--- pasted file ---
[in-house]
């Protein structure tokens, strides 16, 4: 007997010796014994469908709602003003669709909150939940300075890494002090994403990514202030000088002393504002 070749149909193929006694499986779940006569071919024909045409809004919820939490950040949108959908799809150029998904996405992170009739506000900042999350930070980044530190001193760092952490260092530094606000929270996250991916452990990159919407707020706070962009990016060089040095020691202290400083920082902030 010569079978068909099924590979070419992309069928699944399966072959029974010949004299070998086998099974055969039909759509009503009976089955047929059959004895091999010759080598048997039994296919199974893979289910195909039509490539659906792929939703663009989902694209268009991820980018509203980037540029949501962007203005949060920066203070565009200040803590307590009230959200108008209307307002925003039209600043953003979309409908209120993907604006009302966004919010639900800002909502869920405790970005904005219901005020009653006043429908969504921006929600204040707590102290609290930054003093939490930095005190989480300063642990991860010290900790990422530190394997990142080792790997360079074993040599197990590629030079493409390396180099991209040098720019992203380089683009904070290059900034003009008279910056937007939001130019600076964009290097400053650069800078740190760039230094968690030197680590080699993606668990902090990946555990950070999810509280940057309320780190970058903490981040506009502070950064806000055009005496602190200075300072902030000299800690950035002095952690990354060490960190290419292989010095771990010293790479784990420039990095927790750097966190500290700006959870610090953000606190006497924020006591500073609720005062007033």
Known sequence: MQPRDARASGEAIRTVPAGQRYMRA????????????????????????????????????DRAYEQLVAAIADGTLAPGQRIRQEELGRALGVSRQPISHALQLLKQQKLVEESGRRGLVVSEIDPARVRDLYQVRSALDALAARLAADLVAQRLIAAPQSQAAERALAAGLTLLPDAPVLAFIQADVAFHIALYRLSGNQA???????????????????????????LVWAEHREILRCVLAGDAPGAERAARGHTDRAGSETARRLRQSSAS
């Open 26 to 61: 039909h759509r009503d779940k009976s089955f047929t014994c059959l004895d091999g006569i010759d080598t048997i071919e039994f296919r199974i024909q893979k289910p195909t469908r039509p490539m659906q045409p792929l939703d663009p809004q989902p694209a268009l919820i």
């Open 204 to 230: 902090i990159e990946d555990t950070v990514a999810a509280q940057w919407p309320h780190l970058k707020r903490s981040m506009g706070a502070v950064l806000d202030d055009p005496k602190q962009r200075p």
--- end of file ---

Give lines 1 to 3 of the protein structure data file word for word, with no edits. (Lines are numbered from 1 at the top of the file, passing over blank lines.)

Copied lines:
[in-house]
């Protein structure tokens, strides 16, 4: 007997010796014994469908709602003003669709909150939940300075890494002090994403990514202030000088002393504002 070749149909193929006694499986779940006569071919024909045409809004919820939490950040949108959908799809150029998904996405992170009739506000900042999350930070980044530190001193760092952490260092530094606000929270996250991916452990990159919407707020706070962009990016060089040095020691202290400083920082902030 010569079978068909099924590979070419992309069928699944399966072959029974010949004299070998086998099974055969039909759509009503009976089955047929059959004895091999010759080598048997039994296919199974893979289910195909039509490539659906792929939703663009989902694209268009991820980018509203980037540029949501962007203005949060920066203070565009200040803590307590009230959200108008209307307002925003039209600043953003979309409908209120993907604006009302966004919010639900800002909502869920405790970005904005219901005020009653006043429908969504921006929600204040707590102290609290930054003093939490930095005190989480300063642990991860010290900790990422530190394997990142080792790997360079074993040599197990590629030079493409390396180099991209040098720019992203380089683009904070290059900034003009008279910056937007939001130019600076964009290097400053650069800078740190760039230094968690030197680590080699993606668990902090990946555990950070999810509280940057309320780190970058903490981040506009502070950064806000055009005496602190200075300072902030000299800690950035002095952690990354060490960190290419292989010095771990010293790479784990420039990095927790750097966190500290700006959870610090953000606190006497924020006591500073609720005062007033």
Known sequence: MQPRDARASGEAIRTVPAGQRYMRA????????????????????????????????????DRAYEQLVAAIADGTLAPGQRIRQEELGRALGVSRQPISHALQLLKQQKLVEESGRRGLVVSEIDPARVRDLYQVRSALDALAARLAADLVAQRLIAAPQSQAAERALAAGLTLLPDAPVLAFIQADVAFHIALYRLSGNQA???????????????????????????LVWAEHREILRCVLAGDAPGAERAARGHTDRAGSETARRLRQSSAS